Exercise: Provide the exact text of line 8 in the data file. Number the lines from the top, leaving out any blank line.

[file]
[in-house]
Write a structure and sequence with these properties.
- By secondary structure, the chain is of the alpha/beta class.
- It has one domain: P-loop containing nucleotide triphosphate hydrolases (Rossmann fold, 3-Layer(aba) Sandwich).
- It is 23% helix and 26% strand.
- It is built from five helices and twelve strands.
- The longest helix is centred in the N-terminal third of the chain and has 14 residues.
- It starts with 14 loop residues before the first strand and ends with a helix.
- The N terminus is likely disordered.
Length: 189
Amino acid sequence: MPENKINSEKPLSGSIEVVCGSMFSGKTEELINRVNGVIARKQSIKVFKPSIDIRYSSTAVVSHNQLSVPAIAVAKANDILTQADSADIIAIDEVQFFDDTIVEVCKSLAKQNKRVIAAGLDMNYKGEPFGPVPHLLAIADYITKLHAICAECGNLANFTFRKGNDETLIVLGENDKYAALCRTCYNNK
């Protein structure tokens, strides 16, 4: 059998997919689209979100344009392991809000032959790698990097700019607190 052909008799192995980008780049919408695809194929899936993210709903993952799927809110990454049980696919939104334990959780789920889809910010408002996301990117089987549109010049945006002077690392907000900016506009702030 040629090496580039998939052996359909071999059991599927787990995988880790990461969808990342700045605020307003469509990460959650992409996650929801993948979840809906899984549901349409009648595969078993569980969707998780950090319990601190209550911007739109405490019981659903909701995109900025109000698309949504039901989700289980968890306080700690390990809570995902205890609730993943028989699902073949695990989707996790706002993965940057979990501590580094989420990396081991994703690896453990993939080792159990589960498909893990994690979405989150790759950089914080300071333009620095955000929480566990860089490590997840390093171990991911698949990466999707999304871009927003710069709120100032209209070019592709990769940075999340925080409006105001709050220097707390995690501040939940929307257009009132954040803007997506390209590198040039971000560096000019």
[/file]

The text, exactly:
- It starts with 14 loop residues before the first strand and ends with a helix.